By Lisa Loomis
Week three of our carbon diet here at The Valley Reporter and the white plastic bags in our wastebaskets by our desks are mostly the same ones we had three weeks ago because we are not filling them. It's a small thing, but it means saving the nine white plastic bags of trash we'd normally create in a week from going in the landfill, not to mention saving the bags themselves.
There are slats in the floor that actually move and the recyclable materials "walk" out the back of the trailer. Those trailers are taken to the Chittenden County Landfill which has a fancy sorting machine that separates the glass from the tin from the plastic and the paper. From there it is sorted, bailed and sent to market.
Locally, residents can take their recycling to the Moretown Landfill for free. There's a charge at the transfer station in Waitsfield.
Onward. First a report on our science project -- the composting cup. A coworker said, "Hey, isn't that my Tupperware container?" upon visiting the cup this week. Uh, yes, it is -- sorry. It's really slimy now and multi-colored. Visitors have stopped in to view it and offer opinions. It is breaking down; without burying one next spring and checking it every month, there's really no way to know how it might fare in the ground with the worms crawling in and out.
This week's homework from David Gershon's <MI>Low Carbon Diet<D> includes getting to know your appliances. He starts with the hot water heater -- which should be set to 120F and should be turned to "off" or "pilot" when homeowners go on a trip. He suggests insulating heaters made before 1989 with a blanket and foam sleeves. Solar hot water heaters will eliminate almost all emissions from water heating, assuming the house is suited to solar hot water heating (check out www.eere.energy.gov/solar). Fixing up hot water heaters earns you a credit of 150 pounds of carbon annually. Adding the blanket to older heaters yields another 175-pound credit. A solar water heater equals 2,500 pounds in annual carbon savings.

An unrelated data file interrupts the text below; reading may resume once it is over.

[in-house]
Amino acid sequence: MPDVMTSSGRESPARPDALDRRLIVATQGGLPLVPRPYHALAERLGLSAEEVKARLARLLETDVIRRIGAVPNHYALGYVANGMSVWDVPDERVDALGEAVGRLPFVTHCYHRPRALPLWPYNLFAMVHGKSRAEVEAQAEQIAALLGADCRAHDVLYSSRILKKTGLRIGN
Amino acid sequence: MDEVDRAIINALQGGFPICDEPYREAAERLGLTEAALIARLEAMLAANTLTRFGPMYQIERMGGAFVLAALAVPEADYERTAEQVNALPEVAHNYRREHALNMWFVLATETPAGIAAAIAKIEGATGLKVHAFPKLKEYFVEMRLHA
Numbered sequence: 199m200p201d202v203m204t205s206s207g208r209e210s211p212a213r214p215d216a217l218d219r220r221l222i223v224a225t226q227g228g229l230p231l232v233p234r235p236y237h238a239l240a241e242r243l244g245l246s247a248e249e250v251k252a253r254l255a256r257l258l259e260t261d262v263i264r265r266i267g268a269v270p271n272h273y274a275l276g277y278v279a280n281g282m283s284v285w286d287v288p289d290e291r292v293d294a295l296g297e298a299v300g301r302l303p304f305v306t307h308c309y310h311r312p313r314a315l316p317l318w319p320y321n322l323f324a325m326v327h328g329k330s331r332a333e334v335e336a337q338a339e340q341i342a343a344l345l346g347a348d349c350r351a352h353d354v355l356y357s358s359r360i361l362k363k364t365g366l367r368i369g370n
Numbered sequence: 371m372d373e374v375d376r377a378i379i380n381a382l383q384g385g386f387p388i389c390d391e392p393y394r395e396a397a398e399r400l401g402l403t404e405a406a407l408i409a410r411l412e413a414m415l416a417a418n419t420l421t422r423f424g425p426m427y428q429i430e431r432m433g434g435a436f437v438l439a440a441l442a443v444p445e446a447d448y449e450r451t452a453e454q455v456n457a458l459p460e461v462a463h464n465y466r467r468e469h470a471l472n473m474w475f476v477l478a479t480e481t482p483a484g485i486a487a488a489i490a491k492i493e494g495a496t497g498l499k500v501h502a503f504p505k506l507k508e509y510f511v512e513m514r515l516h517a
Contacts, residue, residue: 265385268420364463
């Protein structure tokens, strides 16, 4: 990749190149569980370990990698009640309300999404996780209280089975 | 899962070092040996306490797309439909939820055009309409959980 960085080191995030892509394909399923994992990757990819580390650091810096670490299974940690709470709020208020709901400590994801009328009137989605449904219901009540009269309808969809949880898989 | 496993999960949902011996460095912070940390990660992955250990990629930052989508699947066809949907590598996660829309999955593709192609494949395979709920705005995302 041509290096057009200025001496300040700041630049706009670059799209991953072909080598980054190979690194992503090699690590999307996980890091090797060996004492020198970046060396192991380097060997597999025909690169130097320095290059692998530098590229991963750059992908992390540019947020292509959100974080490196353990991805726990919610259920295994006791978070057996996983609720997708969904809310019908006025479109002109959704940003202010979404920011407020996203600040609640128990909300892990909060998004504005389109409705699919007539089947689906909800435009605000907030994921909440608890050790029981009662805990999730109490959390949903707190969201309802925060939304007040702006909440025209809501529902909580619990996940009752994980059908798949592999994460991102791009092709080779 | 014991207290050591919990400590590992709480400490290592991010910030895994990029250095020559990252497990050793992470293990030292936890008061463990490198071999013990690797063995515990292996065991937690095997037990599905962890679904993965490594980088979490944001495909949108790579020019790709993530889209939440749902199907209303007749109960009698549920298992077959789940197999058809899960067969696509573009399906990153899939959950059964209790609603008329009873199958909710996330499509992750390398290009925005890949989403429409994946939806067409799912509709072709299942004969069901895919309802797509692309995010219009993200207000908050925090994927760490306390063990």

Switching to compact fluorescent light bulbs yields immediate savings in the electricity bill as they use 25 percent of the energy of traditional bulbs. They cost more to buy, although the price is dropping, and they last 10,000 hours compared to the 1,000 hours of a typical incandescent bulb. Switching to compact fluorescent bulbs in rooms where lights are on at least four hours a day saves 100 pounds of carbon PER BULB per year.
Air leaks around doors, windows, electrical outlets, fireplaces, attics and other parts of the house create heat loss in a house equivalent to leaving an average window open all year long. The heat to compensate for that loss represents up to 800 pounds of carbon emissions annually. Seal air leaks with weather stripping, outlet insulators, caulk, insulating foam, window putty and door sweeps.
A well-tuned and maintained furnace runs more efficiently than one that is not. Tune it up and garner a 300-pound credit annually. Seal and insulate warm-air heating ducts and get an 800-pound credit annually. Buy a new energy-efficient furnace and get a 2,400-pound credit.
Other things to consider: We had a brief discussion here this week about the truth/rumors/facts about whether it is or is not okay to let your car run to warm up. Opinions vary, needless to say. The bottom line: According to carbon busting websites it's bad for the environment to leave a car running and it's bad for the engine. It's bad and unnecessary to run diesel engines for more than a brief warm-up period as well and it is absolutely not necessary to run them to keep the fuel from "gelling."
Twice this week, this writer went to the coffee shop only to return without java due to forgetting to bring a sippy cup. The third time, I did not forget! It's easy to remember to bring reusable grocery bags back out to the car if you hang them on the door handle so you have to touch them to go out of the house. Remembering to bring the reusable grocery bags into the grocery store takes a little practice. Joan Rae, Fayston, offered up another tidbit on what to keep with you at all times: "containers to put leftovers from a restaurant dinner; reused plastic bags for carrying loose vegetables or fruits (of course these can be carried with your reuseable grocery bags.) When buying in bulk bring your own container. And buying in bulk is a definite plus since it cuts down on packaging."